According to Young Minds, a leading children’s mental health charity, today’s children face pressures from family breakdown, the emphasis on having plenty of money, the perfect body and lifestyle and constant access to 24-hour social networking where bullying is rife. There are also increasing sexual pressures, violence and the fear of crime in many communities, and the constant pressure of exams in schools, where even children in primary schools can be branded “failures.”

But as Andy Bell, chief executive of the Centre for Mental Health, explained, “Children’s mental ill health is largely invisible; disguised as bad behaviour or missed because there are so many other pressures on schools.”

Indeed, national data on children and young people’s mental health is woefully out of date. The most recent survey was carried out in 2004 by the Office for National Statistics and published by the Health and Social Care Information Centre (HSCIC). Since then, the situation has declined as the recession and austerity measures have taken their toll on family life. But without reliable data, it is difficult if not impossible to make adequate provision for children and young people’s mental health services.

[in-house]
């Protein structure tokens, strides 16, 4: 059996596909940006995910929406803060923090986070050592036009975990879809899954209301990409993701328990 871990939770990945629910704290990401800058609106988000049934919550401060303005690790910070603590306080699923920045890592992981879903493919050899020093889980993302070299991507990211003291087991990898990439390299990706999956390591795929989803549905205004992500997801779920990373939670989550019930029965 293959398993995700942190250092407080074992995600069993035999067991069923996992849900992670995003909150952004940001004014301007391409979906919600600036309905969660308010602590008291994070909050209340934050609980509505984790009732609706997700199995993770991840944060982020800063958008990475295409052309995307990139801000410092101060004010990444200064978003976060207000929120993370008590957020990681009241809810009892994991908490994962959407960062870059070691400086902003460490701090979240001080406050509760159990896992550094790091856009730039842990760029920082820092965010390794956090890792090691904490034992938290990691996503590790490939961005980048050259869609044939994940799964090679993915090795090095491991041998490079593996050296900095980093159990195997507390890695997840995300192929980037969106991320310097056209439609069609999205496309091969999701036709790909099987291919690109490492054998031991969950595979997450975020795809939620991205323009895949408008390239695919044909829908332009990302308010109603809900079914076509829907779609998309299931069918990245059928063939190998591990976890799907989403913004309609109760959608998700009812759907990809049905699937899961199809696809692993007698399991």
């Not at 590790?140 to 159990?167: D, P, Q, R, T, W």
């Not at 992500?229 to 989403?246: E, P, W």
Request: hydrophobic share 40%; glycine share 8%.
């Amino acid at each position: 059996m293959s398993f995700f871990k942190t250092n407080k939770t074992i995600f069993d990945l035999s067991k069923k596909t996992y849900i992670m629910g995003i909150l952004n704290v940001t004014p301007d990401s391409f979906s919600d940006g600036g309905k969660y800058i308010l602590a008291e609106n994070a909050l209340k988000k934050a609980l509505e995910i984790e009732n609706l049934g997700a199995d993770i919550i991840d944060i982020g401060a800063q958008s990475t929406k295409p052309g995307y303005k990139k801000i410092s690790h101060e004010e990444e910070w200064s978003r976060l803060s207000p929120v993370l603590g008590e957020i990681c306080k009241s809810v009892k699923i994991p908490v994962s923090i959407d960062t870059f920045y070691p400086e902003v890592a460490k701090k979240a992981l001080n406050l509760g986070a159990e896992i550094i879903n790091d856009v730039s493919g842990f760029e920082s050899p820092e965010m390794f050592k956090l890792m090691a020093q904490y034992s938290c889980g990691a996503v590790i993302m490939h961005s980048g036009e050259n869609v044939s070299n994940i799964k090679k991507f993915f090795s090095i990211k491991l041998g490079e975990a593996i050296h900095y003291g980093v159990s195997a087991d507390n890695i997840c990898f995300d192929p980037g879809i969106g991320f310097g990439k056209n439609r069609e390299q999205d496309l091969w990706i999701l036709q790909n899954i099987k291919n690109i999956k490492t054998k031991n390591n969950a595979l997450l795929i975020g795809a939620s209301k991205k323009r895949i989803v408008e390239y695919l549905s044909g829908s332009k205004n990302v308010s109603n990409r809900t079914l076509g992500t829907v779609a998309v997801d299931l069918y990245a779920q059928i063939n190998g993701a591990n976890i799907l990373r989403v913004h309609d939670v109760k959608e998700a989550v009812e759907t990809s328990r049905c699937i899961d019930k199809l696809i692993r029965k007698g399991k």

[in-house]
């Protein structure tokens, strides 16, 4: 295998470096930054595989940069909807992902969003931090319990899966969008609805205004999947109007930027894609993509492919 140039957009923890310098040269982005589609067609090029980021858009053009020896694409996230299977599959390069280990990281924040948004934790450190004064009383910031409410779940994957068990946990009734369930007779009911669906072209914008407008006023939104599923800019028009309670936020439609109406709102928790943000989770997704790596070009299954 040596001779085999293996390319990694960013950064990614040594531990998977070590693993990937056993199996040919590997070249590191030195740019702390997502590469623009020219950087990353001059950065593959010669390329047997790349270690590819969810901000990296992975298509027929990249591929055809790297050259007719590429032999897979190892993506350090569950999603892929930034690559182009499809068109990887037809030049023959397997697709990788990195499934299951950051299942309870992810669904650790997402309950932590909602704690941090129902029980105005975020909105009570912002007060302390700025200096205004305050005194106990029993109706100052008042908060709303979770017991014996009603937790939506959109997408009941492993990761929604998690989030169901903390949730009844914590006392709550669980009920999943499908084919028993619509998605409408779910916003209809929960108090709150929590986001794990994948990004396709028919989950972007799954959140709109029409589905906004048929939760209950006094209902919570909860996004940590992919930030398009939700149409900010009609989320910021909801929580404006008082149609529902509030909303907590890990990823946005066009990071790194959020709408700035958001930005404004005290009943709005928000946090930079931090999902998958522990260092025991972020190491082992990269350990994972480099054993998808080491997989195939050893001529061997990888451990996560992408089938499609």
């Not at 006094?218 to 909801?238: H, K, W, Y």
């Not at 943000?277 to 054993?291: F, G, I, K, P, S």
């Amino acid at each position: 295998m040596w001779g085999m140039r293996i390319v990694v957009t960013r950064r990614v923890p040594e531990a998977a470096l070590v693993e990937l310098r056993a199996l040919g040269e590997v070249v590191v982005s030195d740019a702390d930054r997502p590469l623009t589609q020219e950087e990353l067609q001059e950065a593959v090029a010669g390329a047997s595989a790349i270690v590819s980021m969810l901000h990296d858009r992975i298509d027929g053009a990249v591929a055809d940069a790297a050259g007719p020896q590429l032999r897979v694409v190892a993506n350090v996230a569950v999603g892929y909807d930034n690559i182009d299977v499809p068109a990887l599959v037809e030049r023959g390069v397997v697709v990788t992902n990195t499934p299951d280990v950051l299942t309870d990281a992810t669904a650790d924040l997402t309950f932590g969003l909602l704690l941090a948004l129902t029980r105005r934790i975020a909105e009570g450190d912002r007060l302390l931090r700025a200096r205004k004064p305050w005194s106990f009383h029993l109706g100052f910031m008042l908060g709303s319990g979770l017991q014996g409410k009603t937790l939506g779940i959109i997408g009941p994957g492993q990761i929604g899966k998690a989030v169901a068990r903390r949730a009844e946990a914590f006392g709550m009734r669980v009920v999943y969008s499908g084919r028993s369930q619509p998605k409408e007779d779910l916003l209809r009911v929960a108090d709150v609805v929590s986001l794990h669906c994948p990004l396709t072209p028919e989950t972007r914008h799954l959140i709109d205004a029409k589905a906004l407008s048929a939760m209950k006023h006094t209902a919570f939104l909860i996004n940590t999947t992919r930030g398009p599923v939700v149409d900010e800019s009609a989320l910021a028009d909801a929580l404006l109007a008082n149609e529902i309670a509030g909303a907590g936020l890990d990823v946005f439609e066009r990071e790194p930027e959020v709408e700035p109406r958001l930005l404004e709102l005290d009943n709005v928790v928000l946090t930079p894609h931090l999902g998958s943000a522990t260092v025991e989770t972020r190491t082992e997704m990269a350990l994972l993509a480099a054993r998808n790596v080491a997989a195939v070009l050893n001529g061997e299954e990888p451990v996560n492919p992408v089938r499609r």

The absence of statistics is no accident. If there are no official statistics, then as far as the government is concerned the problem does not exist and funding is not required. Bell said that services are “not even close” to being able to cope with the situation that was revealed in a 2004 survey, let alone the situation today.

Lucie Russell, director of media and campaigns at Young Minds, said not enough was being done to support children facing enormous pressures.

The Chief Medical Officer’s annual report said that “cyber-bullying” through digital media “may now be the most common type of bullying.” It highlighted that child psychiatrists and paediatricians had reported an “alarming rise” in self-harm presentations at paediatric departments, particularly among girls.

Over the past few years, the Childline charity has received record numbers of approaches from children and adolescents concerned with examination and workload-related stress and anxiety.

Childline’s counselling sessions for potential suicide cases rose by 18 percent in 2013-14. There was a 200 percent increase in the number of students of all ages seeking counselling services during the examination period this spring and summer, according to the National Society for the Prevention of Cruelty to Children.

Among university students, there was a rise of 58 percent in the number of diagnosed mental conditions between 2010-11 and 2013-14.